Net Neutrality explained for writers and other artists

My latest column for Locus magazine is "Net Neutrality for Writers: It's All About the Leverage," a piece about the risks to artists of allowing network carriers to demand bribes for "premium carriage" of our content.
Not that the telcos really care about this. Art, schmart. They just want to get paid, and paid, and paid. First they get paid when a company like Google buys a heptillion dollars' worth of Internet access for a service like YouTube. Then they get your $10-$80/month for your home broadband. Then they get paid a third time by charging Google to send bits to your broadband link.

But the entertainment giants aren't all that upset by the idea of having to pay twice to access their audience. For one thing, they can afford it. That's what the ''giant'' in ''entertainment giant'' means. But more importantly, that's how they've always done it. Fanning out a horde of business-development gladhanders to sort out the details of distribution deals with disparate channel operators around the world is second nature for them. There's a floor of their corporate headquarters devoted to this kind of thing. They've got their own annual picnic and everything.

Two-gals-in-a-garage do not have this asset. They have two gals. They have a garage. If Net Neutrality is clobbered the way the telcos hope it will be, the next Web or YouTube won't come from disruptive inventors in a garage; it will come from the corporate labs at one of the five big media consortia or one of a handful of phone and cable companies. It will be sold as a ''premium'' service, and it won't upset anyone's multi-million-dollar status quo.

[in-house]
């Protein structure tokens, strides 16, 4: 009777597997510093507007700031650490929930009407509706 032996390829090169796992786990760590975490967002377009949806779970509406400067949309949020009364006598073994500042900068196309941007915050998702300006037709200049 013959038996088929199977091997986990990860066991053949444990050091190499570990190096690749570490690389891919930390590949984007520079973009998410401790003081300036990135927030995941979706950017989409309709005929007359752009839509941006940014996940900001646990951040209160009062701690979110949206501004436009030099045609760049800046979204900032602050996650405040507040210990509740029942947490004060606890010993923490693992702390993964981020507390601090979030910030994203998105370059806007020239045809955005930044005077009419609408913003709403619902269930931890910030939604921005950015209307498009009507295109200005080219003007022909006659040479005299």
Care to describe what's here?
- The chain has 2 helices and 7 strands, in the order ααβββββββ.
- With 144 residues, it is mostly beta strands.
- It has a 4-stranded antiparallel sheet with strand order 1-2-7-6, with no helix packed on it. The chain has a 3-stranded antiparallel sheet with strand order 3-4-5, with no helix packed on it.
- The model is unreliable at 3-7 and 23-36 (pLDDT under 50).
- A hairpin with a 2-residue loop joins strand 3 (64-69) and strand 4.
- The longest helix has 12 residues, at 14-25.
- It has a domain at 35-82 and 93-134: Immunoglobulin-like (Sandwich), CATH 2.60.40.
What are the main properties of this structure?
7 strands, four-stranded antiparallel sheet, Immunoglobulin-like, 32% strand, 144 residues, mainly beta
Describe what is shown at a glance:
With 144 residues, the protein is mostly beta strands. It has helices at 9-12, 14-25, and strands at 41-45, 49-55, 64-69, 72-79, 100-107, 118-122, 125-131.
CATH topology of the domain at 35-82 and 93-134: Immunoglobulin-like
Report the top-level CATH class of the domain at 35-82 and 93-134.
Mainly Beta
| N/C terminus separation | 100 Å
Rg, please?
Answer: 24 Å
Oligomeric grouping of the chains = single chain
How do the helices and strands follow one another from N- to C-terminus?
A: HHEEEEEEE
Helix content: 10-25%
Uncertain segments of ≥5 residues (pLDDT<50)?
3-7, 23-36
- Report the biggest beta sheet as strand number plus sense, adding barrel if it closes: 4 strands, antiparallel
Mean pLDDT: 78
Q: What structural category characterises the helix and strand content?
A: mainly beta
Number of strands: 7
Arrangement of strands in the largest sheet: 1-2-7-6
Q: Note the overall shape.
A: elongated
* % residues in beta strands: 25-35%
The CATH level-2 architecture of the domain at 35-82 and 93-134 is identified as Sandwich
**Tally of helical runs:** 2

Net Neutrality for Writers: It's All About the Leverage


  1. “Net Neutrality explained for writers and other artists” heh heh, that sounds just so patronising ;-)

  2. “the next Web or YouTube won’t come from disruptive inventors in a garage; it will come from the corporate labs at one of the five big media consortia or one of a handful of phone and cable companies”

    Either that or (more likely) these innovations won’t happen at all.

  3. Ya gotta love how big media spent the last decade trying to dismantle the internet, and is poised to spend the next chopping it up and monetising it.

    I’m still bewildered by the influence Hollywood manages to have worldwide, and the smaller media barons (Berlusconi, Rogers) desire to prevent *anyone* seeing their work, under any circumstances, as though they don’t want a greater audience.

    The music labels have belatedly recognised the power of youtube, movie trailers are everywhere online, and we have netflix. Now if only Hulu and BBC would sell foreign commercials (you know they could) everyone could access this stuff.

    Of course, this Canuck would love to see CBC and CTV do the same, but we don’t even make DVDs of our shows for the most part, never mind online commercial distribution.

    We’re lucky CBC has a youtube channel, and the NFB does their own online video.

  4. I like how they made it seem like we only had two choices:
    1: Unregulated, network carriers do what ever they want.
    2: FCC regulates the internet, so that network carriers can do what ever they want.

    Why was the current model an option anymore?
    3: FCC regulates the internet (but for real this time), and the carriers keep doing what they thought they had to do when they believed the FCC was regulating the internet before. Not messing with the data.

    Say bye bye to the American “Guy in the garage makes a better mousetrap” Dream. Imagine if Facebook had to pay for every byte they sent out, they would have been broke after 10 days.

    I feel like we should have at least been given a reach around after what the FCC just did to us.

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